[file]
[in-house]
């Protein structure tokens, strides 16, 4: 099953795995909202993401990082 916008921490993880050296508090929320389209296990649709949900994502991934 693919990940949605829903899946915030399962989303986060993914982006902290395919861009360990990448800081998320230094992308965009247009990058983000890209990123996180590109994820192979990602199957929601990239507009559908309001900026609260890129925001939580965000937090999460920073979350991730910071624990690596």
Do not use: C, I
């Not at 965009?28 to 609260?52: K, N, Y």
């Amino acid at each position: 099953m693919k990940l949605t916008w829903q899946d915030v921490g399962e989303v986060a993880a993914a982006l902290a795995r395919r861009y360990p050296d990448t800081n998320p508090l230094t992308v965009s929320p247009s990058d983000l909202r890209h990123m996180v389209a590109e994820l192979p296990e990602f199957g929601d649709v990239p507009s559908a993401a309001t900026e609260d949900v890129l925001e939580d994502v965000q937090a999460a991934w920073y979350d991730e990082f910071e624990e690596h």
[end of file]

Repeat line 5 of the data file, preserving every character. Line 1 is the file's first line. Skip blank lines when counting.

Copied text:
């Amino acid at each position: 099953m693919k990940l949605t916008w829903q899946d915030v921490g399962e989303v986060a993880a993914a982006l902290a795995r395919r861009y360990p050296d990448t800081n998320p508090l230094t992308v965009s929320p247009s990058d983000l909202r890209h990123m996180v389209a590109e994820l192979p296990e990602f199957g929601d649709v990239p507009s559908a993401a309001t900026e609260d949900v890129l925001e939580d994502v965000q937090a999460a991934w920073y979350d991730e990082f910071e624990e690596h």